The Lake Tahoe region, the natural getaway for generations of visitors from California's urban coast, is in the midst a terrible air quality.

According to reports, the culprit is the 126,182-acre Caldor Fire to the south, and possibly spot fires from the 82 percent-contained Tamarack Fire, also to the south.

On Wednesday, Purple Air, a company that sells home air quality monitors and publishes regional results from the resulting virtual network reported that the area had the worst air quality in the world.

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Earlier, the federal air-quality data site AirNow reported a US Air Quality Index peak of 422 for South Lake Tahoe. That puts the air near the freshwater lake in the Sierra Nevada Mountains in the "hazardous" range.

"It's some of the worst air we've seen there," said Amy MacPherson, spokeswoman for the California Air Resources Board.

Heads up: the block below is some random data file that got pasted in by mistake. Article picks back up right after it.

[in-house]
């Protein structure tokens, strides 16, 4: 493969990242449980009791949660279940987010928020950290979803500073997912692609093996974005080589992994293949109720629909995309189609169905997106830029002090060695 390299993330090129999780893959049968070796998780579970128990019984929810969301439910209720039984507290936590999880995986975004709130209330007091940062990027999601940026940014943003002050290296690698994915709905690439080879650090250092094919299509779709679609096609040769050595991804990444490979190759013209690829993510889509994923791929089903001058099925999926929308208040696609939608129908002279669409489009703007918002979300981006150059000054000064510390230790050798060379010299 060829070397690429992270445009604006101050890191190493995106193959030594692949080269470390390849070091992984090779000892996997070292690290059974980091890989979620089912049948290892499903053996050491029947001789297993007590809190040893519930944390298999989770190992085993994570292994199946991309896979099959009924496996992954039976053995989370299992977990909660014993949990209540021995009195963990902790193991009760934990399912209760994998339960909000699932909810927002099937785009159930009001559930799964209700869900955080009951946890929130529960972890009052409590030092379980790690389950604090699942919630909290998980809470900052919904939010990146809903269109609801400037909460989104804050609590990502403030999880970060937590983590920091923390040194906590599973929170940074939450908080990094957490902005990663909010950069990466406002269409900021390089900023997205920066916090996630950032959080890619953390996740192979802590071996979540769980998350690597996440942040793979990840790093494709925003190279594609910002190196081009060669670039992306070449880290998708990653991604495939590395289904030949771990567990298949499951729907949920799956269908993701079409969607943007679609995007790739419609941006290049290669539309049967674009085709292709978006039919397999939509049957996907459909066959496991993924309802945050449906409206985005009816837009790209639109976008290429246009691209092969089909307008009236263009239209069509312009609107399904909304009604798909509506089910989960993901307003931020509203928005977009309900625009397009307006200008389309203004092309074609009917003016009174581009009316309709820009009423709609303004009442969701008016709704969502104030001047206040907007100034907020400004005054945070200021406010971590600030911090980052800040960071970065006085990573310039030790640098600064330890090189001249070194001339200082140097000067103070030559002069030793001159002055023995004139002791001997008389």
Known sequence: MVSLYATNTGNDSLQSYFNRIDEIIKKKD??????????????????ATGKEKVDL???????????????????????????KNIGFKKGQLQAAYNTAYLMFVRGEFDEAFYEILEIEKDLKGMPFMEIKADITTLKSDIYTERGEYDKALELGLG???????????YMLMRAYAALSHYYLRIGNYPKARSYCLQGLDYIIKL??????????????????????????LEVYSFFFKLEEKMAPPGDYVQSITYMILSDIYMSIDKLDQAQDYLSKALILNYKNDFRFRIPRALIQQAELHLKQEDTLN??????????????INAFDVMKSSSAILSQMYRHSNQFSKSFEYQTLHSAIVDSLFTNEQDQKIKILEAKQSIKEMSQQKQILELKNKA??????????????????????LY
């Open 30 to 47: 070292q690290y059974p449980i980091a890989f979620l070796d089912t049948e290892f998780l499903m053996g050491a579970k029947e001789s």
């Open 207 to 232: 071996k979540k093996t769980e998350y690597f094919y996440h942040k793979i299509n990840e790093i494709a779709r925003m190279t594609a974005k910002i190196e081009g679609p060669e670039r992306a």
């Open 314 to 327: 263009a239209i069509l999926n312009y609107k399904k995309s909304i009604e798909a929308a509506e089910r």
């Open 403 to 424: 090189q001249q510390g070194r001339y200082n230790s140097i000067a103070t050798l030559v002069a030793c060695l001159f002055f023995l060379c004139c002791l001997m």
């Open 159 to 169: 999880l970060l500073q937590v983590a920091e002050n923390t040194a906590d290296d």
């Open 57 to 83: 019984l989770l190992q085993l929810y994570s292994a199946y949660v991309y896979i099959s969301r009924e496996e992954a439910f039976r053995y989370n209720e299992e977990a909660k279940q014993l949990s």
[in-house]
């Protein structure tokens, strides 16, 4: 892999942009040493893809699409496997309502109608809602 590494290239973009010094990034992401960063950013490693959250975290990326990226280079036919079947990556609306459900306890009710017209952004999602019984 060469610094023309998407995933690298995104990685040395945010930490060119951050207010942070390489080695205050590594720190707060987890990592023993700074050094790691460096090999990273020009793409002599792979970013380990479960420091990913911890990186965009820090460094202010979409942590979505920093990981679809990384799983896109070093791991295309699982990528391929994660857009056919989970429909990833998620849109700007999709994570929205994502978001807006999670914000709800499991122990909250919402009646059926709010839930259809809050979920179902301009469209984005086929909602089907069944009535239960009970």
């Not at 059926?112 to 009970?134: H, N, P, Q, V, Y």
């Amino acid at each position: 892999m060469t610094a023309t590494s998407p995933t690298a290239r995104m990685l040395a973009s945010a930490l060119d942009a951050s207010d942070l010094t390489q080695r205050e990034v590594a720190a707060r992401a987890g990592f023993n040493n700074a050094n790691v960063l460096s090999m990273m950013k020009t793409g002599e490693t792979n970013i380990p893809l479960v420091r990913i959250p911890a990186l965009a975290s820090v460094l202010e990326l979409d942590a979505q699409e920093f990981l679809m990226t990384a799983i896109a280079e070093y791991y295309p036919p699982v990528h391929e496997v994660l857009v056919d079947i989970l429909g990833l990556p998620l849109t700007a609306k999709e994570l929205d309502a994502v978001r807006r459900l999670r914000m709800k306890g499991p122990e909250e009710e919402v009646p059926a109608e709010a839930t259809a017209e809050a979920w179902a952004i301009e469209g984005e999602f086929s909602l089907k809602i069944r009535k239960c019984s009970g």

The last time the area experienced anything near this week's smoke, she said, was during the Rim Fire, which burned for weeks in late summer 2013.

MacPherson said a forecast of shifting winds could probably improve things by the weekend. The National Weather Service also said in its forecast discussion on Wednesday that air quality could improve by the end of the week.

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The Caldor Fire, which began on August 14 in the Grizzly Flats area of El Dorado County, is the state's third-largest blaze. Earlier, the California Department of Forestry and Fire Protection said that it was 11 percent contained.

On Tuesday, Gov. Gavin Newsom said that the White House has approved a disaster declaration, which comes with federal funds, for nearly a dozen wildfires in California.